Wednesday, October 30, 2013

Carroll Street Open Studios

Here is more great work that I saw at the open studios in Carroll Street, Chicago, last weekend. Beautiful constructions and work on paper by Judith Mullen, intriguing objects by Joan Giroux, and a terrific ab-ex painting by an artist whose name I didn't uncover.

The Gods of Dreams

I recently saw an interesting show of work at a gallery not too far from my Chicago apartment. Morpho Gallery runs a regular 'emerging artists' competition, and they were exhibiting the winners of the last few competitions. The first piece that caught my eye was by Michael Klaus Schmidt:


The bold shapes and collage elements have references to cloisonne ceramic work, or collagraphs in the printmaking realm. They also remind me of 1970s poster design, which must be something to do with the curved shapes ending in heavily outlined forms. There's a lot of texture in the different areas, too, that stops them coming off as flat and dull. I believe the artist has collaborated with theatre people, and you can see the cross-over in the graphic impact of this work.

I liked this painting by another artist in the show, for its colours, and good organization of all these shapes. It's something that lots of artists seem to be doing at the moment, but this is doing it quite well:


And then this one, because I am a sucker for pure abstract art with layers of delicious textures:


Morpheus was the ancient god of dreams, who would appear to our dormant selves in any human shape he desired. I assume the gallery's name derives from the character in Ovid's Metamorphoses. It's an appropriate choice for a place that displays art, which gives us objects but embodies the spectral presences of forms that come from a place far outside our own selves.

Thursday, October 10, 2013

A Visit to the Studio of Connie Noyes


An artist’s studio, it has been said, is half science laboratory and half Aladdin’s cave.

I was reminded of this when I visited the studio of Chicago artist Connie Noyes recently, on the third floor of a grand brick factory building that once manufactured Ford Model Ts. As soon as the steel doors swung open, Noyes guided me on a pathway that led between old and new paintings concealed in bubble-wrap and leaning against walls, tables laden with the recycled and cast-off materials that she uses in her current work, and works in progress standing against other walls, reclining on other tables, or lying on the floor, amid pools of wet and dried resin that she pours in cascades over her materials.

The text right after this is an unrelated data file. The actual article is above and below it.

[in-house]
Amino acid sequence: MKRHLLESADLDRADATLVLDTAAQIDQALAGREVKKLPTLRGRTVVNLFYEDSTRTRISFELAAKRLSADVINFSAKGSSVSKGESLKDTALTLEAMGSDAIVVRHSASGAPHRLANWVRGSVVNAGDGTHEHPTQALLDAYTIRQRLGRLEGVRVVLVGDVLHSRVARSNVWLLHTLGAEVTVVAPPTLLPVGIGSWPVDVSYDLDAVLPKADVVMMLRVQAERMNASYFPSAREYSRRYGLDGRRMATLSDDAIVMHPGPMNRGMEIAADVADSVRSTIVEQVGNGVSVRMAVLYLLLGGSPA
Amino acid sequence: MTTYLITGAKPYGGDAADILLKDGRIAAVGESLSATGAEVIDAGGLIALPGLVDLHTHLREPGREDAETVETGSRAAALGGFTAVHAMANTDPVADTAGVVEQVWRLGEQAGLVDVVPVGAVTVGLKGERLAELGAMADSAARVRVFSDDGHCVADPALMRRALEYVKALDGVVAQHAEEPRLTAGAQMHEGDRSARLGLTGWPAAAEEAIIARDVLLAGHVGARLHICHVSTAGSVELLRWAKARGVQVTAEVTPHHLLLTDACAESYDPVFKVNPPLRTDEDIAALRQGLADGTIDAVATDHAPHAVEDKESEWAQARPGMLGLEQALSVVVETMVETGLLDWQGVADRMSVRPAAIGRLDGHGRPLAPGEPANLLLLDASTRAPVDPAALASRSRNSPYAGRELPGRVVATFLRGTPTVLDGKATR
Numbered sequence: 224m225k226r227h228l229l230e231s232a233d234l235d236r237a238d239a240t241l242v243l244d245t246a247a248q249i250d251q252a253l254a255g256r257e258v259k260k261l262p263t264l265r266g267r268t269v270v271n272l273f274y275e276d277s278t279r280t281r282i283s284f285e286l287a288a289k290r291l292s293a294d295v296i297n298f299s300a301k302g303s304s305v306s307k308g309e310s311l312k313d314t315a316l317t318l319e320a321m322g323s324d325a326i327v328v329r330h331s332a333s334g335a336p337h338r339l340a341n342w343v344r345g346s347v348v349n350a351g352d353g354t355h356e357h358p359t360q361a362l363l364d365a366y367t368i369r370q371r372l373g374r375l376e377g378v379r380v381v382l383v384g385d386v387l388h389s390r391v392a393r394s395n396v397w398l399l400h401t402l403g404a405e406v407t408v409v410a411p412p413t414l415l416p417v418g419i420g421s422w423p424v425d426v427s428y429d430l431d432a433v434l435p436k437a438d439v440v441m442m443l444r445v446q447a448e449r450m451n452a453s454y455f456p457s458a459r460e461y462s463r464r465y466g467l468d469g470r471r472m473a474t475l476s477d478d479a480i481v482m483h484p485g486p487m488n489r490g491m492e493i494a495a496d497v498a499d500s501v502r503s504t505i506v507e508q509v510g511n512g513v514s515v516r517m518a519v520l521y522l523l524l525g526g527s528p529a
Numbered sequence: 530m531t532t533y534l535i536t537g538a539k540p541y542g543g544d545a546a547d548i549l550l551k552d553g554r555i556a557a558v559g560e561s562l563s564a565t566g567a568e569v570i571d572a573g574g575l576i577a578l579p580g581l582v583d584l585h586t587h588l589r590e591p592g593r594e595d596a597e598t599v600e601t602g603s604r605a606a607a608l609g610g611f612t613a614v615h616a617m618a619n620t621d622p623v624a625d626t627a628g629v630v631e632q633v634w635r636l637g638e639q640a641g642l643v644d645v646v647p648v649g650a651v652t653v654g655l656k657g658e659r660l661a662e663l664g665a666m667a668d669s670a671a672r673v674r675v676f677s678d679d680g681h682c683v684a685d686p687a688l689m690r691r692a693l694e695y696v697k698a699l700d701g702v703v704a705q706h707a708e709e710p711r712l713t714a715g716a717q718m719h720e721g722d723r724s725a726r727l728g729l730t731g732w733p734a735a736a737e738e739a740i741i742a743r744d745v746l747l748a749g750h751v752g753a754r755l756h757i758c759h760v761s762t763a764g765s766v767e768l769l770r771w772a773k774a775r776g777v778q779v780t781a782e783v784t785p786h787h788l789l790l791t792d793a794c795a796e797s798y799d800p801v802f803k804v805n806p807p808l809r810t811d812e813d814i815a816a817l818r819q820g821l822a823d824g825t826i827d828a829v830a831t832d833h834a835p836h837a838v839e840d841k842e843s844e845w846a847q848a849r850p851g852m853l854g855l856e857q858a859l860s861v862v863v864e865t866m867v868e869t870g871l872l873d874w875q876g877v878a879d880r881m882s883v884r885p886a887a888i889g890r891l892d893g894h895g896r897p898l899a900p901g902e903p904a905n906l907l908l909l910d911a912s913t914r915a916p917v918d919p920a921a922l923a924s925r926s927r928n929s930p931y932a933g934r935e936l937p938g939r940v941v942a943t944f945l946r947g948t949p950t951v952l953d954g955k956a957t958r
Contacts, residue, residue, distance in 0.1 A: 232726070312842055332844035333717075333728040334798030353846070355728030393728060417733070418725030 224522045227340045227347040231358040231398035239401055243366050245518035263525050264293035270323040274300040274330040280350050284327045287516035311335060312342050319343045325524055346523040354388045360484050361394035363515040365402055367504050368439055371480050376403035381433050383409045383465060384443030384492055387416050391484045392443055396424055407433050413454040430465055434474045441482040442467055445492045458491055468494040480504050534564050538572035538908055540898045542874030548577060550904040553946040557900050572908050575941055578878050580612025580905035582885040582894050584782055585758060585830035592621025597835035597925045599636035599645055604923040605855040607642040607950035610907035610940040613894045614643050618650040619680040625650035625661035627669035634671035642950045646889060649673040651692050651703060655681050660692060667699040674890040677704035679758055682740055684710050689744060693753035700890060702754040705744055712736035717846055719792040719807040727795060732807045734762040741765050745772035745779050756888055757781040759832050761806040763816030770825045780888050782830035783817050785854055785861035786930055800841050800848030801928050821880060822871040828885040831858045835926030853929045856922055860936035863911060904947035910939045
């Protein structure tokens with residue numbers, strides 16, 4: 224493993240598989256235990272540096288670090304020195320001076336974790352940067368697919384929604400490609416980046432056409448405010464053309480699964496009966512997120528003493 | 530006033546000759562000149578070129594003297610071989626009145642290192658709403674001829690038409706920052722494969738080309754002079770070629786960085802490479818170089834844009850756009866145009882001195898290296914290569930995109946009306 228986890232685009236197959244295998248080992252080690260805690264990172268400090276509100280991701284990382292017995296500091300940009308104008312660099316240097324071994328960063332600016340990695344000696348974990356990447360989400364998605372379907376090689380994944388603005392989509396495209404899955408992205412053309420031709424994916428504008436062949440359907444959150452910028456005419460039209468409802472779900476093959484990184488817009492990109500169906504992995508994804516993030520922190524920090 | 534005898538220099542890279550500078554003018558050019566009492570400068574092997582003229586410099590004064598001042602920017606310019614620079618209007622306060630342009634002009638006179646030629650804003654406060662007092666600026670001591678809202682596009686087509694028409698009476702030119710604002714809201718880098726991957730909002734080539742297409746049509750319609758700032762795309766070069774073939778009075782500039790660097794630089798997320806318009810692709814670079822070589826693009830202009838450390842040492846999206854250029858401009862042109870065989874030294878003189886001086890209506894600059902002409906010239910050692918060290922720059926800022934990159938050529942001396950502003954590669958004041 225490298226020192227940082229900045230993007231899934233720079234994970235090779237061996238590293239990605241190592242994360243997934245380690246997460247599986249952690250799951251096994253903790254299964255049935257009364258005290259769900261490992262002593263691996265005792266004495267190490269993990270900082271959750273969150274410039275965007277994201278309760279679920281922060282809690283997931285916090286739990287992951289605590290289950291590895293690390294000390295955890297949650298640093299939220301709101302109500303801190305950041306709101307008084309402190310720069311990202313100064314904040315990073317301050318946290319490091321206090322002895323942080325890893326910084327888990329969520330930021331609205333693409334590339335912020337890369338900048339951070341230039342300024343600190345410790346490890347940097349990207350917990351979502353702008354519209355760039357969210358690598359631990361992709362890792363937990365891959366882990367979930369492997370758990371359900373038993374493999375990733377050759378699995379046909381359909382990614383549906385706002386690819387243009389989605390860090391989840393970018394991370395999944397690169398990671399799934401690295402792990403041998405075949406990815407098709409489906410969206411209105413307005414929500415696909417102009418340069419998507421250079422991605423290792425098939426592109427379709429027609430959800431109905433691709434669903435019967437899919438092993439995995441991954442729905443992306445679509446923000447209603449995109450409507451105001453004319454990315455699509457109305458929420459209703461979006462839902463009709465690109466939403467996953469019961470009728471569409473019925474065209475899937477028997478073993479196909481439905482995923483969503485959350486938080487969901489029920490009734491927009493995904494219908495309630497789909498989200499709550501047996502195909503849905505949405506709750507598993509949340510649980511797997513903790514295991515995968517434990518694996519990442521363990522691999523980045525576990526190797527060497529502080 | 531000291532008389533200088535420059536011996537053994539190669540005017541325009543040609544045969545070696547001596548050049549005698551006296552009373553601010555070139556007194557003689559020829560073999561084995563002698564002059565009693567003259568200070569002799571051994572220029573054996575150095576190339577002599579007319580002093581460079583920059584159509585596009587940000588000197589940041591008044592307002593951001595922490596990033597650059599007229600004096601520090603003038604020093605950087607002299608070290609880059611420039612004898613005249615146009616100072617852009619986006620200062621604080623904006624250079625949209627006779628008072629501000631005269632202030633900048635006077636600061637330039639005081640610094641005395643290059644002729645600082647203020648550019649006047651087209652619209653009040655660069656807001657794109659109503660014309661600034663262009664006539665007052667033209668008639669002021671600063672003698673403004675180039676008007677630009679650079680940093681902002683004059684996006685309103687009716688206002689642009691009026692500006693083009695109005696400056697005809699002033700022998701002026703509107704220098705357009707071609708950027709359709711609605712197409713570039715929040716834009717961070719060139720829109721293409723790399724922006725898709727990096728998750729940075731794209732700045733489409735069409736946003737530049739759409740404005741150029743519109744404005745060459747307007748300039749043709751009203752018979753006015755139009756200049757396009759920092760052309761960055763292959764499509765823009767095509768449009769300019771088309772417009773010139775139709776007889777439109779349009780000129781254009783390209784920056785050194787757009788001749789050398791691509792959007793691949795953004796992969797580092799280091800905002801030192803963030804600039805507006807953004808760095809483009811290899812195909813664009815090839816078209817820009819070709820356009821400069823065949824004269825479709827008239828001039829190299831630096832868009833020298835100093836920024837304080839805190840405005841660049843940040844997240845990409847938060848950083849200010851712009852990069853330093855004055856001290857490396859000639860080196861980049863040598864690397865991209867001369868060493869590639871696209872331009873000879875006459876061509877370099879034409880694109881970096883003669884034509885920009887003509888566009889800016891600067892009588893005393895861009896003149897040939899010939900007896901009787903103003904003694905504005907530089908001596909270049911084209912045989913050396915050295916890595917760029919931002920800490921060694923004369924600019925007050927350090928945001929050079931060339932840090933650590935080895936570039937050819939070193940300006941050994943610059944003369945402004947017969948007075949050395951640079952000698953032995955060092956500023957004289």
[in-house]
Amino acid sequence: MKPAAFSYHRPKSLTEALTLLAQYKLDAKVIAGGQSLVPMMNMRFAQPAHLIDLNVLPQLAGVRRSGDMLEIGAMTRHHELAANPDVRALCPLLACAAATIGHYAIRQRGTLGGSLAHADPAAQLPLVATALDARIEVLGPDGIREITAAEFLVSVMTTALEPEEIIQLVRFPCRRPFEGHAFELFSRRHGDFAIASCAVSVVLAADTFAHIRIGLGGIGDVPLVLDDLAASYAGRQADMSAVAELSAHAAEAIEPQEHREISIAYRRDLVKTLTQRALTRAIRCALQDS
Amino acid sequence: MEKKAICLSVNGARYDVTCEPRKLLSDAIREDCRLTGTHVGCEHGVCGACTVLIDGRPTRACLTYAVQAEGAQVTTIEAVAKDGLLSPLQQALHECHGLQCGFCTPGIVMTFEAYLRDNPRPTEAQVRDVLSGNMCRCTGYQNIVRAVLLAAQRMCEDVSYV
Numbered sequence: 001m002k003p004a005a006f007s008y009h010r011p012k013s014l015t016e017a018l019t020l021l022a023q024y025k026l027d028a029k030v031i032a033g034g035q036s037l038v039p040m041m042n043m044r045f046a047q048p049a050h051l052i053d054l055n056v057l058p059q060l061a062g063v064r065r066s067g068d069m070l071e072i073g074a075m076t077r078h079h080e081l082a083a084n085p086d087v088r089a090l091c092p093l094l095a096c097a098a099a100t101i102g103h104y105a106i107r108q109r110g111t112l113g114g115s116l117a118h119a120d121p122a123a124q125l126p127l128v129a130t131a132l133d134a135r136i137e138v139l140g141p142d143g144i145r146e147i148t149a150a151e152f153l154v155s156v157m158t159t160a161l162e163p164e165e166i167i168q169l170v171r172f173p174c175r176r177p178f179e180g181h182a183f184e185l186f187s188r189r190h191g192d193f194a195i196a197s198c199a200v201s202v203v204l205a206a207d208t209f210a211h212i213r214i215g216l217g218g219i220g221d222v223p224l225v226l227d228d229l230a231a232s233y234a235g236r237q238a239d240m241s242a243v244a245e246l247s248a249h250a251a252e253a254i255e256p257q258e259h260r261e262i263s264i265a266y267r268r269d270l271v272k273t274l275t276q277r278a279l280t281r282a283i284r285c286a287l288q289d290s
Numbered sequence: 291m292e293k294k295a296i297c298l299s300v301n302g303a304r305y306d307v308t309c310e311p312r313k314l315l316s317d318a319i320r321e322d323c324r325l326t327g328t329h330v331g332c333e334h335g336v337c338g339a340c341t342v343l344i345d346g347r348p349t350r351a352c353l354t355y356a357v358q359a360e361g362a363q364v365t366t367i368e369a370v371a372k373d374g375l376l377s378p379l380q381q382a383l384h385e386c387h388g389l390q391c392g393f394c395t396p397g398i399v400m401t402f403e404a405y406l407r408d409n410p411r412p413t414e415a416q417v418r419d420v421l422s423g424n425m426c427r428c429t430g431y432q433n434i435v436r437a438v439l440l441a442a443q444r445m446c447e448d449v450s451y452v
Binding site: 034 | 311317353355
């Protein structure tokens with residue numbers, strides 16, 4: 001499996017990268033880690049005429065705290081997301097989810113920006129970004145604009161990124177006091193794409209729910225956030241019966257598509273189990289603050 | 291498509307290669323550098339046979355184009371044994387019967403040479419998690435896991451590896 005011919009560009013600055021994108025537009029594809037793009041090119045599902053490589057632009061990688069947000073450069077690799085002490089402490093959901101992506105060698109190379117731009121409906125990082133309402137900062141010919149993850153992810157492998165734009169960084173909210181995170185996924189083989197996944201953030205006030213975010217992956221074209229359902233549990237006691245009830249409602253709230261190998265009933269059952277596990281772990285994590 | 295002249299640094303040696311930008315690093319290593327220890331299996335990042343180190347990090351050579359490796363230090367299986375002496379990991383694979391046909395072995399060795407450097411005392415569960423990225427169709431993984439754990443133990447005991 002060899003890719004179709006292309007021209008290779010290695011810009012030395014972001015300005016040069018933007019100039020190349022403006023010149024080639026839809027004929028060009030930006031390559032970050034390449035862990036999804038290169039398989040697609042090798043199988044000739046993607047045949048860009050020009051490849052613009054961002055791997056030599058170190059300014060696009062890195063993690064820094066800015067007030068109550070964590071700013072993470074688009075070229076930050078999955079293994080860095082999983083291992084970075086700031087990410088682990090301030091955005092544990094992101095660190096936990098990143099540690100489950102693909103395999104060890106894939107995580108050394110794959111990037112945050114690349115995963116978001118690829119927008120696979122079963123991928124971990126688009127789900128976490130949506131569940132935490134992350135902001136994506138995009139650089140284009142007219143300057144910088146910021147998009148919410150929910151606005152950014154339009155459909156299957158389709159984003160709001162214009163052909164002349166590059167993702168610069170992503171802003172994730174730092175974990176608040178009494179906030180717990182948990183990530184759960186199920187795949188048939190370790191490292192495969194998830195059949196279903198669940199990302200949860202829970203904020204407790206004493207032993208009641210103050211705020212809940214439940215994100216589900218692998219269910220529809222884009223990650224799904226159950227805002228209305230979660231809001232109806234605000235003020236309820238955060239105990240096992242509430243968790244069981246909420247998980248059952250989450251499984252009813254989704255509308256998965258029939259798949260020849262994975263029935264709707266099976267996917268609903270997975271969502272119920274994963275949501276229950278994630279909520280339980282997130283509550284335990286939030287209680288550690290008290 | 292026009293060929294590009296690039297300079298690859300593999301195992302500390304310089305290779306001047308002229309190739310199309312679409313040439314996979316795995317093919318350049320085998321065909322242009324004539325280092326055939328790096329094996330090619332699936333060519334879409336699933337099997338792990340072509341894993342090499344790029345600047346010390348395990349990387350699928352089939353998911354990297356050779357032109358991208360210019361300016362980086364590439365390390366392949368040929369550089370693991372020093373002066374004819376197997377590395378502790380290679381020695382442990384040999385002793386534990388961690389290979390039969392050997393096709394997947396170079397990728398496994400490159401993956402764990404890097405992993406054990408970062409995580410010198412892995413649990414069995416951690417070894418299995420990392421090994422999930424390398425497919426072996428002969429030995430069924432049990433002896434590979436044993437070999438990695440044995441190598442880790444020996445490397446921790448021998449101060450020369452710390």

We talked a lot about process. Whether in a series of works incorporating enlarged digital photos, pigment, resin, and hilariously gaudy frames, or in a piece that cocoons hundreds of peanut shells in a bright gold layer, Noyes spoke about finding her way by working with the materials. The size and dimensions of the work, the particular tone and texture that results, even the title, aren’t fixed until the end. I asked if she used recycled materials (packing peanuts, plastic pens, marshmallows (well, maybe they were fresh rather than recycled)) because of environmental concerns, but she said it came more from psychological motives. She mentioned the disparity between our inner  life and the image we project to others, a point which I take to mean that she is working with a disparity between the cast-off nature of her materials, and the brilliantly shiny, glossy, alluring surface that she arrives at when she’s done.




This way of working wasn’t particularly helped by going to grad school at the Art Institute of Chicago. Her experience there made her feel torn down by the teachers’ advice, and nonplussed by their heavily theoretical bias. Noyes’ work is clearly about texture, and matter, and a visual experience so rich that you almost want to eat her painting/sculptures. I call them sculptures because even though the materials lie on panels, and they hang on the wall rather than being freestanding, you experience them as objects in space, in your space—the space of your visual field, flooded by a torrent of outrageous colours, and occasionally overtopped by their physical presence.